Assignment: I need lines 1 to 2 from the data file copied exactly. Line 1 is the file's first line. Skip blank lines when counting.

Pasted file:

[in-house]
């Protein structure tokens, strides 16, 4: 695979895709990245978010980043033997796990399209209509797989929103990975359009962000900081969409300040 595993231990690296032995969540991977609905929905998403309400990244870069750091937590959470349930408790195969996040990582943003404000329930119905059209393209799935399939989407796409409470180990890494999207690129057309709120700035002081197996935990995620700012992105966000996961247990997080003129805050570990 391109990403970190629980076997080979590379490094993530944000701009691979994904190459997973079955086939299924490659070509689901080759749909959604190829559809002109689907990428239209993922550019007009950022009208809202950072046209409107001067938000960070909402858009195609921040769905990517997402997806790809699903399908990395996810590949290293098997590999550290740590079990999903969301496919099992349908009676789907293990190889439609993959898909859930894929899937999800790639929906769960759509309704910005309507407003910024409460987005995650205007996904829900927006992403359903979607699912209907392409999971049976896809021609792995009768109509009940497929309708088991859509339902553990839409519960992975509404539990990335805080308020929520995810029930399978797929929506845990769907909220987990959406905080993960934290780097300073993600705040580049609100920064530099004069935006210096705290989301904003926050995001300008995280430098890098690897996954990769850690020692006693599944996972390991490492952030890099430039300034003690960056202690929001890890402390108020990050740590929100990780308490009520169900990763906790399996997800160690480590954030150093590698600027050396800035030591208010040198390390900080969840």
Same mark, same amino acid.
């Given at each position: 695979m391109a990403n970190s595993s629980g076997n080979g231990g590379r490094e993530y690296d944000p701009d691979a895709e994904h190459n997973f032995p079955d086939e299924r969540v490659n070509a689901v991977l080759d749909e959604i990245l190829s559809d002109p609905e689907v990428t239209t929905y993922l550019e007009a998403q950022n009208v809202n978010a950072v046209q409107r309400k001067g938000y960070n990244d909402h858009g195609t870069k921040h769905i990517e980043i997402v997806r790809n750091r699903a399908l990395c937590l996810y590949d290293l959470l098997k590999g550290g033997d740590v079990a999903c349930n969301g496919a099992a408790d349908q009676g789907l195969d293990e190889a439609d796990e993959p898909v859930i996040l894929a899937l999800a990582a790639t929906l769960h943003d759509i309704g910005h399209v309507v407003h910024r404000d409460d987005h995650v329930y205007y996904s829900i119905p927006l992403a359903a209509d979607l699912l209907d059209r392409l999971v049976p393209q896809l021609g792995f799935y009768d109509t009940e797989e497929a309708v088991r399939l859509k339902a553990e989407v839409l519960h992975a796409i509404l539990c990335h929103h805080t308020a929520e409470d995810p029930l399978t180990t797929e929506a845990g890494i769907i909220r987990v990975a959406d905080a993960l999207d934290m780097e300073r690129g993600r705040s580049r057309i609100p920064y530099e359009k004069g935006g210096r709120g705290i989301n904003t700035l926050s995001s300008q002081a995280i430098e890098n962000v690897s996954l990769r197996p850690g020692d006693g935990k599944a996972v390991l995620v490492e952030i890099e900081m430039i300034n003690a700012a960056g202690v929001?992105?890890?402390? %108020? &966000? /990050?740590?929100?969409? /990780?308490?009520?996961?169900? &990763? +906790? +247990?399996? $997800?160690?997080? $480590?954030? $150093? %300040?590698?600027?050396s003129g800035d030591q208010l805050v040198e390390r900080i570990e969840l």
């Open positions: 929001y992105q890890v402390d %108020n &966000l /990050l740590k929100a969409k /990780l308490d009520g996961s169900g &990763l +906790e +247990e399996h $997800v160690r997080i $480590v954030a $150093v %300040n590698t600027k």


[in-house]
């Protein structure tokens, strides 16, 4: 695979895709990245978010980043033997796990399209209509797989929103990975359009962000900081969409300040 595993231990690296032995969540991977609905929905998403309400990244870069750091937590959470349930408790195969996040990582943003404000329930119905059209393209799935399939989407796409409470180990890494999207690129057309709120700035002081197996935990995620700012992105966000996961247990997080003129805050570990 391109990403970190629980076997080979590379490094993530944000701009691979994904190459997973079955086939299924490659070509689901080759749909959604190829559809002109689907990428239209993922550019007009950022009208809202950072046209409107001067938000960070909402858009195609921040769905990517997402997806790809699903399908990395996810590949290293098997590999550290740590079990999903969301496919099992349908009676789907293990190889439609993959898909859930894929899937999800790639929906769960759509309704910005309507407003910024409460987005995650205007996904829900927006992403359903979607699912209907392409999971049976896809021609792995009768109509009940497929309708088991859509339902553990839409519960992975509404539990990335805080308020929520995810029930399978797929929506845990769907909220987990959406905080993960934290780097300073993600705040580049609100920064530099004069935006210096705290989301904003926050995001300008995280430098890098690897996954990769850690020692006693599944996972390991490492952030890099430039300034003690960056202690929001890890402390108020990050740590929100990780308490009520169900990763906790399996997800160690480590954030150093590698600027050396800035030591208010040198390390900080969840």